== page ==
Tibetan Rugs in Nepal

GWC’s rugs are made from the hand-processed wool of New Zealand and woven using the Tibetan knot. Their creation relies on a mixture of Tibetan and Nepali expertise, and on Western design.

The custom design process

Anyone who comes into GWC can look through hundreds of designs that have already been turned into rugs. However, if you don’t find the exact color, pattern, size or shape you have in mind, the custom design service makes it easy to adapt existing designs or to start from scratch and create something entirely new and one-off.

It sometimes makes sense to get a sample woven to check the colors, design and yarn you are planning to use. This is typically 1′- 2′ (30-60cm) square and will add some time to the overall production but will enable you to be sure before weaving begins that every element of the finished piece will be right. Many different effects and textures are possible.

It takes around four months from the time you place an order to when the finished rug arrives.

The raw materials

New Zealand Wool has extraordinary natural properties. It is springy, resilient and even flame-resistant – it smolders’ rather than burns. It binds into yarn that can be spun, takes dye well, has impressive insulating qualities and is flexible and hard wearing. It is also hypoallergenic, resists static electricity and is warm, comforting and soft to touch.

Many of the rugs made by GWC contain silk –Bamboo/ Banana/ Viscose, the combination leads to a super-soft texture which designers adore. Silk is immensely durable and will resist physical wear, while its gorgeous luster catches the light and its contrasting texture can be used to highlight a design. Silk is also very attractive to bare feet and deliciously tactile.

Today, linen is popular for its brilliant whiteness. Other fibres employed by GWC include luminous Mohair, tactile Cashmere and Pashmina, Abaca (a type of banana-leaf fibre), Hemp & Jute. Rugs composed of these other materials tend to be made plain rather than patterned, so that the focus is on their interesting textures.

Choosing colors

Choosing a perfect palette

If someone wants to match a hue from a piece of fabric, a Pantone reference, a paint swatch, a picture or a scrap of wallpaper, GWC does it with the selection of 2000 colors- both in Silk & wool yarns. A CAD is made on the selection of the design and colors for approvals.


Vertical looms

GWC rugs are woven on traditional vertical looms, the technique is knotting. In Tibet, the loom used to be all wood, with no glue or nails, and propped against a wall; today, with plentiful metal, looms stand upright rather than leaning. The height of the loom depends on the length of the rug being woven, though particularly long rugs can be looped over as they are fashioned, meaning that there is no limit to the length of a rug.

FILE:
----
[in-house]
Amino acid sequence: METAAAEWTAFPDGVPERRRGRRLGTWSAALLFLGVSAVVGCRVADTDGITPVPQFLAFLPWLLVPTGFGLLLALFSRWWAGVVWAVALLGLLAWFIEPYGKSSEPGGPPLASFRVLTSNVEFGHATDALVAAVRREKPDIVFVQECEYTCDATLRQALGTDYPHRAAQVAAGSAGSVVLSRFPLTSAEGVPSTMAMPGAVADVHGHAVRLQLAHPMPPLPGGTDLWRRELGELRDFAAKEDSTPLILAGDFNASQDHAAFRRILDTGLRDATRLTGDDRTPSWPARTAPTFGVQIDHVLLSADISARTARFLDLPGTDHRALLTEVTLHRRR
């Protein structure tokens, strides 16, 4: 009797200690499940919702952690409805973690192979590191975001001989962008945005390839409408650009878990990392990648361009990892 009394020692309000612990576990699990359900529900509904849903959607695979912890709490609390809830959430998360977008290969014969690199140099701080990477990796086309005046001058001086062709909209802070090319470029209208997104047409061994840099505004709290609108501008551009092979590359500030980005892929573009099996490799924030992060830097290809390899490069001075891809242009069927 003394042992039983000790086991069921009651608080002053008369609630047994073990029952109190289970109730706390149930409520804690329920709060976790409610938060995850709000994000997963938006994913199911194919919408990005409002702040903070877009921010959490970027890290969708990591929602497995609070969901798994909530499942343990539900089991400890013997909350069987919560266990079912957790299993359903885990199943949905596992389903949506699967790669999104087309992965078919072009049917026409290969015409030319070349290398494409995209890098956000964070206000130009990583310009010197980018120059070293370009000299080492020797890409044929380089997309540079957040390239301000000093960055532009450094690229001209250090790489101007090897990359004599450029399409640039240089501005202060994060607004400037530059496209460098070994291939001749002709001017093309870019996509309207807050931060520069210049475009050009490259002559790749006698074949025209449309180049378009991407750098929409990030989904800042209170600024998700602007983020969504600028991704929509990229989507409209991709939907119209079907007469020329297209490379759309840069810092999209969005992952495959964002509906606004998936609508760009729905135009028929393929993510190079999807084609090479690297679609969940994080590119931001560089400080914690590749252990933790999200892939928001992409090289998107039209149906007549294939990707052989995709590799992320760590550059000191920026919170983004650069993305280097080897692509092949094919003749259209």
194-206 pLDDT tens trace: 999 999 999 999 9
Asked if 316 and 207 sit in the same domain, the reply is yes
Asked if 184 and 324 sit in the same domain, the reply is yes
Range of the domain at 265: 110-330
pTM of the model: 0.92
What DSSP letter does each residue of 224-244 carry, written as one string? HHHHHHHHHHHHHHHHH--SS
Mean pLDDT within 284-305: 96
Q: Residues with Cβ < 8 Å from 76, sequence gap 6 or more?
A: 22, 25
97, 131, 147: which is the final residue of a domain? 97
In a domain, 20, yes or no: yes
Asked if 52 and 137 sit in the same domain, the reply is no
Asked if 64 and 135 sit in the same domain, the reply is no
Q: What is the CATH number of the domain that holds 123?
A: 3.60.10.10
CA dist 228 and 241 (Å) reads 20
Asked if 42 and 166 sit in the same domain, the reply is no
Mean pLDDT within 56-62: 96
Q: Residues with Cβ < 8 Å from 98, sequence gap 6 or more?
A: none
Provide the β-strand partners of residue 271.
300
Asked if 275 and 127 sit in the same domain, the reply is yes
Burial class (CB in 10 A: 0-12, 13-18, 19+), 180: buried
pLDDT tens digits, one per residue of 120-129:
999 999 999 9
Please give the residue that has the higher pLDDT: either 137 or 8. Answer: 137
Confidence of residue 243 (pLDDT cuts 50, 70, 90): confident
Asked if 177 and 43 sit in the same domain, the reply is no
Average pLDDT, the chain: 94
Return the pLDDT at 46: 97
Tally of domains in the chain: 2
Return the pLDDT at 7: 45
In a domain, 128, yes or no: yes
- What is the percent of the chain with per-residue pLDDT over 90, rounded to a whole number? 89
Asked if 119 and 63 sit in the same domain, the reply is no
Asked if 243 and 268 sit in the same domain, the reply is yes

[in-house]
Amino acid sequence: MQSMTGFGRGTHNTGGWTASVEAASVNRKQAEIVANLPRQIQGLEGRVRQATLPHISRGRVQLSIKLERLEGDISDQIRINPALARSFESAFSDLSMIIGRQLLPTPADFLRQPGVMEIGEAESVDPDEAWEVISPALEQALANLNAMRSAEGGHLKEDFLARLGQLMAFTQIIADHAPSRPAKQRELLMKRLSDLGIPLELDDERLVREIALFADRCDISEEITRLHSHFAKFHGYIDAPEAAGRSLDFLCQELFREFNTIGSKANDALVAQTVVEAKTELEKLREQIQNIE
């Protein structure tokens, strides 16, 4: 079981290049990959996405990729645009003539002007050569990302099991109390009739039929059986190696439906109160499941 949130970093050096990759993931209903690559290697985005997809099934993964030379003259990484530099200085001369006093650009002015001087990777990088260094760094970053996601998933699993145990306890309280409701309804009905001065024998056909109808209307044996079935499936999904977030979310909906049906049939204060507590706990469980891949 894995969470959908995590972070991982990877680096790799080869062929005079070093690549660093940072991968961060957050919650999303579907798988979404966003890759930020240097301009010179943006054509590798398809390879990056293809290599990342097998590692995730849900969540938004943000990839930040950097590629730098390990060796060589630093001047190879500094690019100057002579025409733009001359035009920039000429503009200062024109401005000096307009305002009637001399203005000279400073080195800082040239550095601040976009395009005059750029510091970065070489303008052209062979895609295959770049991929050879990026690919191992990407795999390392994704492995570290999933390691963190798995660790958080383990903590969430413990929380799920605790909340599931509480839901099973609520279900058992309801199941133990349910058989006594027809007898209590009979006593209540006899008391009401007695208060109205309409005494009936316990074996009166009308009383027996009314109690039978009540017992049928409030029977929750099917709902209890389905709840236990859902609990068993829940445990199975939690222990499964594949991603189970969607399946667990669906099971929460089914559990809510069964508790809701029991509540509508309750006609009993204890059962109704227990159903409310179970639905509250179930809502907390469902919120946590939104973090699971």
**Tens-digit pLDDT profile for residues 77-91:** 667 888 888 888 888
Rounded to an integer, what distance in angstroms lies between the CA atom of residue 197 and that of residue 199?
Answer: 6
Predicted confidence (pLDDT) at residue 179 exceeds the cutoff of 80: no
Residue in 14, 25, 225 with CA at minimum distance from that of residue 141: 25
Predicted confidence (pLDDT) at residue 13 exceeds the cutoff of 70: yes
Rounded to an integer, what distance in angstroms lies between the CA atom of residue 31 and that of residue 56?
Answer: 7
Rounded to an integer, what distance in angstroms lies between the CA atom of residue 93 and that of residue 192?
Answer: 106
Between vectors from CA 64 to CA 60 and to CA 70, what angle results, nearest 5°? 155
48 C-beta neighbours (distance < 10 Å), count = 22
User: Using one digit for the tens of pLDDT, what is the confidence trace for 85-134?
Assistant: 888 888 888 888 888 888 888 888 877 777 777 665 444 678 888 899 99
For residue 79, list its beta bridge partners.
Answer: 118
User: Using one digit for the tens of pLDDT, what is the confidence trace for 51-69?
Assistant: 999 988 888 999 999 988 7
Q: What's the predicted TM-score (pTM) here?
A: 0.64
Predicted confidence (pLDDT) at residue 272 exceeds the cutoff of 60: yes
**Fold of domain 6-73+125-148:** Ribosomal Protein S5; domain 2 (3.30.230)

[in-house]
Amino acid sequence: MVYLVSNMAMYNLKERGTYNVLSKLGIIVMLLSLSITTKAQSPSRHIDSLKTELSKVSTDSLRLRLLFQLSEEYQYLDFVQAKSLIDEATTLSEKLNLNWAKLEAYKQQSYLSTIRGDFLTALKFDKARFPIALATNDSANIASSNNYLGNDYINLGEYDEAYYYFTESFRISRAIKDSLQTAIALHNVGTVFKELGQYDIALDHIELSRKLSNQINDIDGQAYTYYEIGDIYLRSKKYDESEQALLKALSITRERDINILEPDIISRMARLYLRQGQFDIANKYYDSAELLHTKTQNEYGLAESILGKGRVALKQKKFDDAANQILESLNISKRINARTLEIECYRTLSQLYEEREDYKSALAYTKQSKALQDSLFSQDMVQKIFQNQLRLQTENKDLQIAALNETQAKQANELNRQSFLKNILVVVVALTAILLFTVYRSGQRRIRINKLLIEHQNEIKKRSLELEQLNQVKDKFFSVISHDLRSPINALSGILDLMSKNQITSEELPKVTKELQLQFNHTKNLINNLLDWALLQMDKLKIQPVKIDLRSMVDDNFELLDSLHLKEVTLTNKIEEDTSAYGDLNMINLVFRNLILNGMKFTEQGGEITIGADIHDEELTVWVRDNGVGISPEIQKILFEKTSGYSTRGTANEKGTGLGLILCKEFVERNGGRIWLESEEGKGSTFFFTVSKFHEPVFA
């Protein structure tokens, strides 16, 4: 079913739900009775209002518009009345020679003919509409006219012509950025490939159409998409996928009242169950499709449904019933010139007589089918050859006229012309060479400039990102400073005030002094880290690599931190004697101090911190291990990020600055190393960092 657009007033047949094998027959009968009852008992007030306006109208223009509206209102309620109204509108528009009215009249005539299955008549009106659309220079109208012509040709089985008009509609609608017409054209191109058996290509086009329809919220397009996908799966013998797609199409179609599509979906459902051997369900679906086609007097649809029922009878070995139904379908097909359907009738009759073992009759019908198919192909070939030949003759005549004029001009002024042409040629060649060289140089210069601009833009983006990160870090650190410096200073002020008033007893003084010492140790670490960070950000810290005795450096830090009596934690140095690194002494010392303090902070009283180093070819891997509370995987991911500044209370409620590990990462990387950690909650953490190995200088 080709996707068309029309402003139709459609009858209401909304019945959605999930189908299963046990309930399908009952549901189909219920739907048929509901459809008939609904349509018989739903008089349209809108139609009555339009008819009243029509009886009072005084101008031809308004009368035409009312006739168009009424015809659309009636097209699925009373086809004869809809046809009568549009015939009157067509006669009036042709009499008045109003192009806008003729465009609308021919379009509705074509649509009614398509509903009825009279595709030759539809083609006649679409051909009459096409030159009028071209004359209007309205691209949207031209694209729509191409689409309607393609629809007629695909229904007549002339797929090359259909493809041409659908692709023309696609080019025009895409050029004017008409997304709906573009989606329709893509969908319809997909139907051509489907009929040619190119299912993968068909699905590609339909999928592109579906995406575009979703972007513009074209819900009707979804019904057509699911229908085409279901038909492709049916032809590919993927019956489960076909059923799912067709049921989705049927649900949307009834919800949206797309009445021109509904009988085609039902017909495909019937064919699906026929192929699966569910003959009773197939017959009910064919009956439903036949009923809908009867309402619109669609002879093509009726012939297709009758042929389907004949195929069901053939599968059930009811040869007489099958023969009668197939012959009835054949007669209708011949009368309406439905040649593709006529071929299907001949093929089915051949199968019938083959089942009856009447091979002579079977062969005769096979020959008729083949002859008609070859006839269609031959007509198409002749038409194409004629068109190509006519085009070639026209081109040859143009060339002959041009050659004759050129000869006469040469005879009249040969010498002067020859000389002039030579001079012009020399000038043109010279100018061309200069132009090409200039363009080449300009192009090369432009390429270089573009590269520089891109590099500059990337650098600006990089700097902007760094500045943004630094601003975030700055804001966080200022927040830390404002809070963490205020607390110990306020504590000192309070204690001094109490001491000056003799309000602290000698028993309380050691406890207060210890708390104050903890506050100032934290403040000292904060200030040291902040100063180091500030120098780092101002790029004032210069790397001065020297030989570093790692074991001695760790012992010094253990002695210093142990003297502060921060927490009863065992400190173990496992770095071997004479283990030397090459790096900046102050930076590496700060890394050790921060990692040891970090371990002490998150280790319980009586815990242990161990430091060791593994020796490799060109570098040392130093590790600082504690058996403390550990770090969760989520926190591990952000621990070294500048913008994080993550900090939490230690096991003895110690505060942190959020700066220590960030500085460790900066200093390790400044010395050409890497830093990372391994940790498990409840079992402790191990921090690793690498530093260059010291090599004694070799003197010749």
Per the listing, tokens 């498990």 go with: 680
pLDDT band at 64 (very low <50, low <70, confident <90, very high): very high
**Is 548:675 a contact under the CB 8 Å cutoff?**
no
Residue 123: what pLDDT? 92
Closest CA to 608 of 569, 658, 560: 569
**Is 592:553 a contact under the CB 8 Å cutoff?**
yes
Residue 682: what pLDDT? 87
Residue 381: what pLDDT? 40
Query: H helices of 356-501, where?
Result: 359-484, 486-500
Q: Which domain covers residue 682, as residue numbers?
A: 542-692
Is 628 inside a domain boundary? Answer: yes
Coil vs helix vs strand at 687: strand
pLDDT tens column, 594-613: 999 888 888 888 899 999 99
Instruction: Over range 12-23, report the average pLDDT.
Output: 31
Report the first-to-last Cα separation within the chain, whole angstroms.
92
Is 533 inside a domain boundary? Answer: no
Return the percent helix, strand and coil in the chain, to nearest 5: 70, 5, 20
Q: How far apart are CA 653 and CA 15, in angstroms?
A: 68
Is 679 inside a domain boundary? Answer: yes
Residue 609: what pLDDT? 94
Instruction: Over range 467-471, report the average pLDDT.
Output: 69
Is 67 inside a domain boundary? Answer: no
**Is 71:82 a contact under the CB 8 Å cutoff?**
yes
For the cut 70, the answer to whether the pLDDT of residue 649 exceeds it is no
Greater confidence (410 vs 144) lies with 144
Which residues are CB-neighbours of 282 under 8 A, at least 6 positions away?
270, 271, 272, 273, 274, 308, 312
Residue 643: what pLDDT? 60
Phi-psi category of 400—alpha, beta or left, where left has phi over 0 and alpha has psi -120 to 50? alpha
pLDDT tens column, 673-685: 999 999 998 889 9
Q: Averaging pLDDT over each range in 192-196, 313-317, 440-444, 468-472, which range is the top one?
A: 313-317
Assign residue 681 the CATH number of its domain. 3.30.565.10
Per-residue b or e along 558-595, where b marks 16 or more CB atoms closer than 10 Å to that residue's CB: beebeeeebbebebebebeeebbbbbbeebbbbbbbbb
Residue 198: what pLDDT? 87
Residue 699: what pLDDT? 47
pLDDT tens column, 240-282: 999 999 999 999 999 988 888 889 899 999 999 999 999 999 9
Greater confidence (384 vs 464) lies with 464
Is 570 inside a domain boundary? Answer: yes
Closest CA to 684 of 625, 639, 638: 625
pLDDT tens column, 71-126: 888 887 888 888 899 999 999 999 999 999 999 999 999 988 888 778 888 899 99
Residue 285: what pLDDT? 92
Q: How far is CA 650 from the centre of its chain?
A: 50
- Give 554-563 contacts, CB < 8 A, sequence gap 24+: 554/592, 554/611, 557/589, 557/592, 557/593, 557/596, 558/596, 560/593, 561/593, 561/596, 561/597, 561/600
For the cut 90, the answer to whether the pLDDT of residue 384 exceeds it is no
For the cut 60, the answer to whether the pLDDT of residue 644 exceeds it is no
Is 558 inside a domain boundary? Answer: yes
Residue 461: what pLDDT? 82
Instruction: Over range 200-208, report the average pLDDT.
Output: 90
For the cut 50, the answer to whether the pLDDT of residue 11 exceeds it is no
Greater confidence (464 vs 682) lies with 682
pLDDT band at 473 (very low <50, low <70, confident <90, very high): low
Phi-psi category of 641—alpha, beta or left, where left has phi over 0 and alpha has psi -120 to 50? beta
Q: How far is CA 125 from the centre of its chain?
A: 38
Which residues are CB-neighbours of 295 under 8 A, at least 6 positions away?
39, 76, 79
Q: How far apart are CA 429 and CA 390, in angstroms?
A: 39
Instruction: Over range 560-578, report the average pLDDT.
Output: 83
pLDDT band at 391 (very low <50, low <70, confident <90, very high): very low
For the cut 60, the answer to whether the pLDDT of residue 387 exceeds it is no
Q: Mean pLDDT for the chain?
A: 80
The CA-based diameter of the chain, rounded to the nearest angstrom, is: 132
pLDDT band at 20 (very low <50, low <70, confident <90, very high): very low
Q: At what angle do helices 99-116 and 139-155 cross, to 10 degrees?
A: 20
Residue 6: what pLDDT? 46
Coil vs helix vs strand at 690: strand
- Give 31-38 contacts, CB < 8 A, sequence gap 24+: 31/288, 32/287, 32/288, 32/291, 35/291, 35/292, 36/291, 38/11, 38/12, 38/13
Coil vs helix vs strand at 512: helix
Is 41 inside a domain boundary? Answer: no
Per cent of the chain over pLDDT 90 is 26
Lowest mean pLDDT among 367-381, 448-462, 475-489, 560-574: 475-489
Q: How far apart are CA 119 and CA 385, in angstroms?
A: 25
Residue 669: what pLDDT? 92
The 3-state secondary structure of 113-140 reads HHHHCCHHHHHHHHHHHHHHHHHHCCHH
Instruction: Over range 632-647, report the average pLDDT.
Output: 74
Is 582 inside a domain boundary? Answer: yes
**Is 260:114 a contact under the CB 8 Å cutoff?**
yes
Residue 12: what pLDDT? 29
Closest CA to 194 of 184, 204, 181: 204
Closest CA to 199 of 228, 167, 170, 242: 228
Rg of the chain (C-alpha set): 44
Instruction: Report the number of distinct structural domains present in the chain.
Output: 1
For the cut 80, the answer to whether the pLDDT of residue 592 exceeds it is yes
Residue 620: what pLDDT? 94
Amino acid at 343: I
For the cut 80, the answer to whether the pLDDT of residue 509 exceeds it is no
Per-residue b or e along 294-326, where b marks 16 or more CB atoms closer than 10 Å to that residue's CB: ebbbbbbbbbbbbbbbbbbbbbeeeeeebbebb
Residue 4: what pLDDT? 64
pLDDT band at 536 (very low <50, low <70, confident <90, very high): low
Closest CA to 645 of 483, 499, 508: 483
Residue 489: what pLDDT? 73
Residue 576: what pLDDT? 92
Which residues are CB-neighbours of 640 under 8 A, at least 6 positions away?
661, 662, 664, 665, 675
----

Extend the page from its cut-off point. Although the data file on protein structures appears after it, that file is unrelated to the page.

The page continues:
A number of looms for making standard-size rugs are set up in the workshops, their width from 3′ (0.92m) to 10′ (3.05m). It becomes more challenging to make a loom as width increases, and special ones are constructed for particularly broad rugs. By contrast samples are made on tiny looms.

The Tibetan knot

Tibetan rugs employ a unique knot. Each looped knot is half of both the previous and the next one; a line can continue for as long as desired and the yarn is only cut when the color changes or the whole line is complete. The weaver passes the yarn around the warps and knots it around a metal rod that rests in front of the loom and then repeats the process. This is a fast way of weaving – twice as quick as a Persian knot but just as strong. It’s also totally traditional; if you examine rugs several hundred years old you will find that they were made in exactly the same fashion.

Loop pile

For a loop pile, the rod is pulled out and the yarn left uncut when the line of knots is complete – thus a series of loops is achieved. There’s also a no-rod loop, or flat loop; the yarn is tied directly round the warp – without a rod – and the result is a flatter surface with an interesting texture.


Achieving perfection

Once a Rug is washed and dried, it is laid flat and the surface is treated with a variety of special implements in order to poke, tease, and smooth any slight irregularities. The ends are stopped with a few lines of kilim (essentially running stitches) to ensure that they will never unravel, while the sides of the rug – the last warp – are wrapped with extra yarn in the same color (a selvedge).

The entire surface is trimmed depending on the design to achieve the required pile depth. Designs that call for a variation in pile depth are more complicated; different sections must be sheared to different levels for a more three-dimensional effect. Careful contouring – rather like beveling on mirrors on a minute scale – is done where two colors meet, to emphasize the delineation.

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